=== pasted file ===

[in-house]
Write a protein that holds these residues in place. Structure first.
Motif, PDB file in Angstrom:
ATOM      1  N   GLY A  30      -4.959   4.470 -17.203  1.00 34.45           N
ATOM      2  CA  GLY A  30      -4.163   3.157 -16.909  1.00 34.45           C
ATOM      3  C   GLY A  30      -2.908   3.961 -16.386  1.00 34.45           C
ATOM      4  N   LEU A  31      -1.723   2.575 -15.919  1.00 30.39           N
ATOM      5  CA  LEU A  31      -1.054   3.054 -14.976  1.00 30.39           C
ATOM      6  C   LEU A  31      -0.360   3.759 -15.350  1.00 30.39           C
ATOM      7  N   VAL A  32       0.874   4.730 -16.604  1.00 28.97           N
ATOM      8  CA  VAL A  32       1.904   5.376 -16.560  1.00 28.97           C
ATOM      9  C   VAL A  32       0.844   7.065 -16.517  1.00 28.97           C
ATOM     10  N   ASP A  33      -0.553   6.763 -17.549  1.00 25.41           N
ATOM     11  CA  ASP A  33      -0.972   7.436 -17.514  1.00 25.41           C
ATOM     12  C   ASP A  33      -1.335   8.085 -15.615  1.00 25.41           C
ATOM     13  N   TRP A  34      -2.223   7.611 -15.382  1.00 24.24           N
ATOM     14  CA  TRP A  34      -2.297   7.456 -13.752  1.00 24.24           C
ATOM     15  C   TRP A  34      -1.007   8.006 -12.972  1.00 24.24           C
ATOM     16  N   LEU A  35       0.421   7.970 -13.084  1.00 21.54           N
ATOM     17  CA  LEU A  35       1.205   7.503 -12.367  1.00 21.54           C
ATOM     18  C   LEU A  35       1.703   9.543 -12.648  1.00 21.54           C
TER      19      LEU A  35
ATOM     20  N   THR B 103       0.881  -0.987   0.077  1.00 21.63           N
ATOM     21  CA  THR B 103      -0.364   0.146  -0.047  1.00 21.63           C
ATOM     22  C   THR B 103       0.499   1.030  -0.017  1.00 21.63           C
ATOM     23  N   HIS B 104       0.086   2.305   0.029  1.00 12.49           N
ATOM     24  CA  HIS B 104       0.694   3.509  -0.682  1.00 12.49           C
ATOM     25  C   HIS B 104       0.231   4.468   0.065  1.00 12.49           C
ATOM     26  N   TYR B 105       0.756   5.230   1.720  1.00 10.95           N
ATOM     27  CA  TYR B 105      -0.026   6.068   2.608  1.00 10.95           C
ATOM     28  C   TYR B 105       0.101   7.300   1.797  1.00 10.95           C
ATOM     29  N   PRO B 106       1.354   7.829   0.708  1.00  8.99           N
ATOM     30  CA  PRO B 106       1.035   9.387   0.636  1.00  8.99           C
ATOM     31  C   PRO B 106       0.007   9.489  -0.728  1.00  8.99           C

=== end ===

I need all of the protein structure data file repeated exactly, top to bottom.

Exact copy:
[in-house]
Write a protein that holds these residues in place. Structure first.
Motif, PDB file in Angstrom:
ATOM      1  N   GLY A  30      -4.959   4.470 -17.203  1.00 34.45           N
ATOM      2  CA  GLY A  30      -4.163   3.157 -16.909  1.00 34.45           C
ATOM      3  C   GLY A  30      -2.908   3.961 -16.386  1.00 34.45           C
ATOM      4  N   LEU A  31      -1.723   2.575 -15.919  1.00 30.39           N
ATOM      5  CA  LEU A  31      -1.054   3.054 -14.976  1.00 30.39           C
ATOM      6  C   LEU A  31      -0.360   3.759 -15.350  1.00 30.39           C
ATOM      7  N   VAL A  32       0.874   4.730 -16.604  1.00 28.97           N
ATOM      8  CA  VAL A  32       1.904   5.376 -16.560  1.00 28.97           C
ATOM      9  C   VAL A  32       0.844   7.065 -16.517  1.00 28.97           C
ATOM     10  N   ASP A  33      -0.553   6.763 -17.549  1.00 25.41           N
ATOM     11  CA  ASP A  33      -0.972   7.436 -17.514  1.00 25.41           C
ATOM     12  C   ASP A  33      -1.335   8.085 -15.615  1.00 25.41           C
ATOM     13  N   TRP A  34      -2.223   7.611 -15.382  1.00 24.24           N
ATOM     14  CA  TRP A  34      -2.297   7.456 -13.752  1.00 24.24           C
ATOM     15  C   TRP A  34      -1.007   8.006 -12.972  1.00 24.24           C
ATOM     16  N   LEU A  35       0.421   7.970 -13.084  1.00 21.54           N
ATOM     17  CA  LEU A  35       1.205   7.503 -12.367  1.00 21.54           C
ATOM     18  C   LEU A  35       1.703   9.543 -12.648  1.00 21.54           C
TER      19      LEU A  35
ATOM     20  N   THR B 103       0.881  -0.987   0.077  1.00 21.63           N
ATOM     21  CA  THR B 103      -0.364   0.146  -0.047  1.00 21.63           C
ATOM     22  C   THR B 103       0.499   1.030  -0.017  1.00 21.63           C
ATOM     23  N   HIS B 104       0.086   2.305   0.029  1.00 12.49           N
ATOM     24  CA  HIS B 104       0.694   3.509  -0.682  1.00 12.49           C
ATOM     25  C   HIS B 104       0.231   4.468   0.065  1.00 12.49           C
ATOM     26  N   TYR B 105       0.756   5.230   1.720  1.00 10.95           N
ATOM     27  CA  TYR B 105      -0.026   6.068   2.608  1.00 10.95           C
ATOM     28  C   TYR B 105       0.101   7.300   1.797  1.00 10.95           C
ATOM     29  N   PRO B 106       1.354   7.829   0.708  1.00  8.99           N
ATOM     30  CA  PRO B 106       1.035   9.387   0.636  1.00  8.99           C
ATOM     31  C   PRO B 106       0.007   9.489  -0.728  1.00  8.99           C